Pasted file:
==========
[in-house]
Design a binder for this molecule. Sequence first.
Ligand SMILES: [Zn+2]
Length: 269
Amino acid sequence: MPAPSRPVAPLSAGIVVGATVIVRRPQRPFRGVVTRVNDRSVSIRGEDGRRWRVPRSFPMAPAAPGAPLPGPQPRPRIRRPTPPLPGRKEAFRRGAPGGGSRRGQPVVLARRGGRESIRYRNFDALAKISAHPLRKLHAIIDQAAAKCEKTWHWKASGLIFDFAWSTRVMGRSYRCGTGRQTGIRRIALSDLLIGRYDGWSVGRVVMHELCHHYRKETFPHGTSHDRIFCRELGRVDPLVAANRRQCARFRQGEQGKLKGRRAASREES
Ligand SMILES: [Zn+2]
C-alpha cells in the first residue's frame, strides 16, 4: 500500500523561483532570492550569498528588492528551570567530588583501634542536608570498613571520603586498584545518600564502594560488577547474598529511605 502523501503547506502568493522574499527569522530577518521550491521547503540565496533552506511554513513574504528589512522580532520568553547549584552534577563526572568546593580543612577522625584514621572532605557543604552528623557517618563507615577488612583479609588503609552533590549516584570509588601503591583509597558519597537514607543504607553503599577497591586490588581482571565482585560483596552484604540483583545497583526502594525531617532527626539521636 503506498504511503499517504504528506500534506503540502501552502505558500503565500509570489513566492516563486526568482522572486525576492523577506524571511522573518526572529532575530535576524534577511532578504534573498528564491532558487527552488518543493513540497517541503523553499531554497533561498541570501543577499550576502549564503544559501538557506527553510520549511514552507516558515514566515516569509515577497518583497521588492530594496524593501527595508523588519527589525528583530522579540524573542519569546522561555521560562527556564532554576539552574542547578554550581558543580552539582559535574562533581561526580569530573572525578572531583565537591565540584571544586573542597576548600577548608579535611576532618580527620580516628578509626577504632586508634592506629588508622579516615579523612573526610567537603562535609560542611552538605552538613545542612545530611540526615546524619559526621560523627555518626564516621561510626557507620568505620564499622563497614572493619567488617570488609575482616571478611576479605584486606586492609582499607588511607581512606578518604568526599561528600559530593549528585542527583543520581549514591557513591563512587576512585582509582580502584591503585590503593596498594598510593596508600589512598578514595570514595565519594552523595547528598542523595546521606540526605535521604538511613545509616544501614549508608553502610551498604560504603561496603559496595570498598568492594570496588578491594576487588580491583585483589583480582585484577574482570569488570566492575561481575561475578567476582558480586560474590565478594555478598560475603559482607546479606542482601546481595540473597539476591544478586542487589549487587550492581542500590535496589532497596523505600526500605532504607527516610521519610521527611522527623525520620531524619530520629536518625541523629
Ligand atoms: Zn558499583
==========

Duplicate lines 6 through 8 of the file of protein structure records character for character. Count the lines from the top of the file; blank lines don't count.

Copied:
Ligand SMILES: [Zn+2]
C-alpha cells in the first residue's frame, strides 16, 4: 500500500523561483532570492550569498528588492528551570567530588583501634542536608570498613571520603586498584545518600564502594560488577547474598529511605 502523501503547506502568493522574499527569522530577518521550491521547503540565496533552506511554513513574504528589512522580532520568553547549584552534577563526572568546593580543612577522625584514621572532605557543604552528623557517618563507615577488612583479609588503609552533590549516584570509588601503591583509597558519597537514607543504607553503599577497591586490588581482571565482585560483596552484604540483583545497583526502594525531617532527626539521636 503506498504511503499517504504528506500534506503540502501552502505558500503565500509570489513566492516563486526568482522572486525576492523577506524571511522573518526572529532575530535576524534577511532578504534573498528564491532558487527552488518543493513540497517541503523553499531554497533561498541570501543577499550576502549564503544559501538557506527553510520549511514552507516558515514566515516569509515577497518583497521588492530594496524593501527595508523588519527589525528583530522579540524573542519569546522561555521560562527556564532554576539552574542547578554550581558543580552539582559535574562533581561526580569530573572525578572531583565537591565540584571544586573542597576548600577548608579535611576532618580527620580516628578509626577504632586508634592506629588508622579516615579523612573526610567537603562535609560542611552538605552538613545542612545530611540526615546524619559526621560523627555518626564516621561510626557507620568505620564499622563497614572493619567488617570488609575482616571478611576479605584486606586492609582499607588511607581512606578518604568526599561528600559530593549528585542527583543520581549514591557513591563512587576512585582509582580502584591503585590503593596498594598510593596508600589512598578514595570514595565519594552523595547528598542523595546521606540526605535521604538511613545509616544501614549508608553502610551498604560504603561496603559496595570498598568492594570496588578491594576487588580491583585483589583480582585484577574482570569488570566492575561481575561475578567476582558480586560474590565478594555478598560475603559482607546479606542482601546481595540473597539476591544478586542487589549487587550492581542500590535496589532497596523505600526500605532504607527516610521519610521527611522527623525520620531524619530520629536518625541523629
Ligand atoms: Zn558499583